Announcing Bill & Melinda Gates Foundation’s continued support for tobacco control in Africa
The Gates Foundation remains strongly committed to supporting tobacco control in Africa. We have recently committed more than US$32M in investments to fund work over the next three to four years. This represents the largest funding commitment from the foundation to the African continent for tobacco control to-date.
Over the past several years, we have all seen great momentum in tobacco control in Africa, with significant progress, success, and adherence to the WHO FCTC. African countries have also faced challenging tobacco industry road blocks, and a shifting landscape. This new phase of grants capitalizes on the excellent work already underway, while also responding to evolving and critical needs of many country partners.
We are very pleased to be funding a strong group of global and regional partners to work in concert with the African tobacco control community: the African Capacity Building Foundation (ACBF), CDC Foundation, Campaign for Tobacco-Free Kids (CTFK), and the World Health Organization (WHO) including jointly led work by the Regional Office for Africa (AFRO) and Headquarters.
Your feedback in 2013 and 2014 informed our funding strategy for this next phase. You asked for more transparency in grant making, better role clarity and coordination among partners and grant makers, and direct investment in a strategic African organization that can help build capacity. These requests formed the cornerstone of our investments this year. In short, we left things alone where they appeared to be working, and gave new consideration to 1) capacity building with the goal of a sustainable tobacco control community deeply rooted in Africa and 2) transparency and coordination between all partners.
The purpose of each investment as follows:
Africa Capacity Building Foundation (a three-year grant covering 12 African countries) fills a key role as an Africa-based strategic partner providing both grants and capacity building support for civil society and others. They are a highly-respected leader on institutional and human capacity building and have managed $500M in grants in 45 African countries. ACBF will share more information on how to apply for its tobacco control grants.
CDC Foundation (a four-year grant covering 25 countries)implements the Global Adult Tobacco Survey (GATS) and the Global Youth Tobacco Survey (GYTS) in partnership with WHO and Health Ministries, providing world-renowned comprehensive tobacco surveillance data in Africa, which is critical to building the evidence base for policy change. With this funding, CDC Foundation will pursue GATS in Ethiopia, Botswana, Tanzania, and potentially Burkina Faso, and GYTS in 23 African countries.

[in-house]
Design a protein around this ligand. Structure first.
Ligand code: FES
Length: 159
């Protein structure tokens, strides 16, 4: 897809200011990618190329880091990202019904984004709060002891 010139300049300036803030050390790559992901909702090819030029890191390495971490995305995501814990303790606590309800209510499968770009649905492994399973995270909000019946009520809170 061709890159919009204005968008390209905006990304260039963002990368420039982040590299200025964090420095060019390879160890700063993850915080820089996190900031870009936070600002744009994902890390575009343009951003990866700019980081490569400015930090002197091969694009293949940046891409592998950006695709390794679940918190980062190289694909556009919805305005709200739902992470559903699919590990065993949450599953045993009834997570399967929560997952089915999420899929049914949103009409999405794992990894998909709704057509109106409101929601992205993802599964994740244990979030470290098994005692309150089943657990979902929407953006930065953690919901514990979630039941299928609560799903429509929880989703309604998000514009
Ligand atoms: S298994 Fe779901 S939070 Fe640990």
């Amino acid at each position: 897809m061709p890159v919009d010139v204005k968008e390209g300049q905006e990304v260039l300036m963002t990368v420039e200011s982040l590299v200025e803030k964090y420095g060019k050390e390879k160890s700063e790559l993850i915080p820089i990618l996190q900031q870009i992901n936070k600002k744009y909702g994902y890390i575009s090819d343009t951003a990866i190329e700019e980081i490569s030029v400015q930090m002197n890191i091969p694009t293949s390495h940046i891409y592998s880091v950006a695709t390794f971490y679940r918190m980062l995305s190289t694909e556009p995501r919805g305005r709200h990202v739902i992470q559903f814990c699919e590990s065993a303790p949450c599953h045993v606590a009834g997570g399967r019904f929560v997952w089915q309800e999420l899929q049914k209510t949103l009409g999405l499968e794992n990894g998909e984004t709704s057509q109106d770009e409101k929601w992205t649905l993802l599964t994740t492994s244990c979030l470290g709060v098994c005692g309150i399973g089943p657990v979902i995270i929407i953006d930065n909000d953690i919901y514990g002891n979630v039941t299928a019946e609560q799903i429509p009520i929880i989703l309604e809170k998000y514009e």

Campaign for Tobacco-Free Kids (a three-year grant covering up to 10 countries) will continue to provide journalist, political and media advocacy, and legal training, as well as funding and nimble, results-driven technical assistance for civil society national campaigns in support of FCTC provisions. CTFK and ACBF will coordinate closely on the grants each makes to avoid duplication and ensure complementarity.
WHO AFRO and Headquarters (a three-year grant) will work closely together to convene African governments on tobacco control issues and provide direct technical expertise to African governments on tobacco tax, illicit trade control, and other FCTC policies upon request. They will work closely with CDC Foundation on surveillance efforts, and with ACBF and CTFK to jointly coordinate on country plans. In addition, WHO will develop agro-economic country profiles and a report on tobacco growing and trade in the region.
This of course is a very short list, representing only the partners receiving direct funding from the Bill & Melinda Gates Foundation as part of this new phase of work in Africa. All our partners play a critical and distinct role, whether they receive direct funding from us or a sub-grant through partners, or no foundation funding at all.
As you know, we are also supporting some social marketing and behavior change work against tobacco use in Africa as a complement to important and ongoing policy work.
Additionally, we are very grateful to the American Cancer Society, a key partner of ours over the past five years that played a foundational role in the first phase of this Africa work. They will be phasing out of this particular partnership over the next few months, working closely with ACBF and others to ensure a smooth transition. They remain an immensely valuable partner in the community and a leader in NCD research and advocacy.
Lastly, we have postponed the Africa Partner Meeting, which always provides an important face-to-face moment for all of us to discuss critical topics. We will stay in touch about new dates, and other opportunities and platforms to connect in-person. We encourage open communication between and among all partners as the current work continues, and this new phase of grants kicks off. We read all of your updates, which provide important insights into our collective efforts and progress. Please keep those coming.
Please feel free to share this communiqué with your own partners to ensure clarity and transparency, and, as always, let us know if you have any questions or concerns.
Bill & Melinda Gates Foundation